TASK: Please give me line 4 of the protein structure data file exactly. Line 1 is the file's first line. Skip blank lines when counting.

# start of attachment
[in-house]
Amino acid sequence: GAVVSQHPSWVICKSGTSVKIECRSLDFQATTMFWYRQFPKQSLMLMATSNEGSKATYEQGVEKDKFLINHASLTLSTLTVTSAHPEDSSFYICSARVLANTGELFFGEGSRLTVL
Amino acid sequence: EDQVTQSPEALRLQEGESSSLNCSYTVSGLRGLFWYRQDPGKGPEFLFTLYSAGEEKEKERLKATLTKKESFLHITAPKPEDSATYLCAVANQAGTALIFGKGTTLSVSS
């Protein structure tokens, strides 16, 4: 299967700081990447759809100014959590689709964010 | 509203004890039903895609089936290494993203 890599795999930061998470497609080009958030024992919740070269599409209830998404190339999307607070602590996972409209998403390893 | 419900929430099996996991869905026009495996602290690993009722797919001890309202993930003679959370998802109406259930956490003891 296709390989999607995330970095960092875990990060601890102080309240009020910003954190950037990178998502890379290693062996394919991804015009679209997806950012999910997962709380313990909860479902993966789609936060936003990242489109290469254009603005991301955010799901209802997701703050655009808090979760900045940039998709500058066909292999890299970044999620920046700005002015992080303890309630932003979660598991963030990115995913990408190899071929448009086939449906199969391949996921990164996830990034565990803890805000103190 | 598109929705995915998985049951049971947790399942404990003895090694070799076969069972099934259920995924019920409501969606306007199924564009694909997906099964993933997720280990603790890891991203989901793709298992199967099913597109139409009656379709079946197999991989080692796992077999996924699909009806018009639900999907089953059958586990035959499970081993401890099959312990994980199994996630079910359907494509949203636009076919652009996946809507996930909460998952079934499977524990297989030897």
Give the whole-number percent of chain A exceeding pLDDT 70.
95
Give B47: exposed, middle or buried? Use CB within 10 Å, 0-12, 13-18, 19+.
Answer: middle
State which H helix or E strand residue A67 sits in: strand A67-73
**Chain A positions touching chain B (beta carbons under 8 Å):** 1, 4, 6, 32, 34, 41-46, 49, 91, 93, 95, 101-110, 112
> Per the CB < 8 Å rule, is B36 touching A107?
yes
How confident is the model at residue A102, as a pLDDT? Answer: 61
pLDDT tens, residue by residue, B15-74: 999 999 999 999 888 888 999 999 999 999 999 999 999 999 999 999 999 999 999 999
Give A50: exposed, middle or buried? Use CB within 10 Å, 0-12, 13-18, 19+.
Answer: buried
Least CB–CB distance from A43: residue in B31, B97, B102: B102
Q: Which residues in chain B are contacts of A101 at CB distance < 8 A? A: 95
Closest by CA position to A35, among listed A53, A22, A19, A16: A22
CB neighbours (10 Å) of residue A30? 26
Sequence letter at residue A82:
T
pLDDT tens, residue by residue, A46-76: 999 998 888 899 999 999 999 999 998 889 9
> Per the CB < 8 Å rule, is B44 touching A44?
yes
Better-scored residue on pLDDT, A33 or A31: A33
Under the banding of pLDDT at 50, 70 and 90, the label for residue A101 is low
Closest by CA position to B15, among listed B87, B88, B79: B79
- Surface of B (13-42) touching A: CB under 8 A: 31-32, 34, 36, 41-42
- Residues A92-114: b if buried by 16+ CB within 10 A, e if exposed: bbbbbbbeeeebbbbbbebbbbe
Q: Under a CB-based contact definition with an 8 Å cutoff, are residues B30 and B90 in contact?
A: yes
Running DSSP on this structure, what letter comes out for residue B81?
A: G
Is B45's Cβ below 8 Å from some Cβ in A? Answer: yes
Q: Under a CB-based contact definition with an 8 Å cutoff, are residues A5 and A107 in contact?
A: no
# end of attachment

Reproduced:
């Protein structure tokens, strides 16, 4: 299967700081990447759809100014959590689709964010 | 509203004890039903895609089936290494993203 890599795999930061998470497609080009958030024992919740070269599409209830998404190339999307607070602590996972409209998403390893 | 419900929430099996996991869905026009495996602290690993009722797919001890309202993930003679959370998802109406259930956490003891 296709390989999607995330970095960092875990990060601890102080309240009020910003954190950037990178998502890379290693062996394919991804015009679209997806950012999910997962709380313990909860479902993966789609936060936003990242489109290469254009603005991301955010799901209802997701703050655009808090979760900045940039998709500058066909292999890299970044999620920046700005002015992080303890309630932003979660598991963030990115995913990408190899071929448009086939449906199969391949996921990164996830990034565990803890805000103190 | 598109929705995915998985049951049971947790399942404990003895090694070799076969069972099934259920995924019920409501969606306007199924564009694909997906099964993933997720280990603790890891991203989901793709298992199967099913597109139409009656379709079946197999991989080692796992077999996924699909009806018009639900999907089953059958586990035959499970081993401890099959312990994980199994996630079910359907494509949203636009076919652009996946809507996930909460998952079934499977524990297989030897």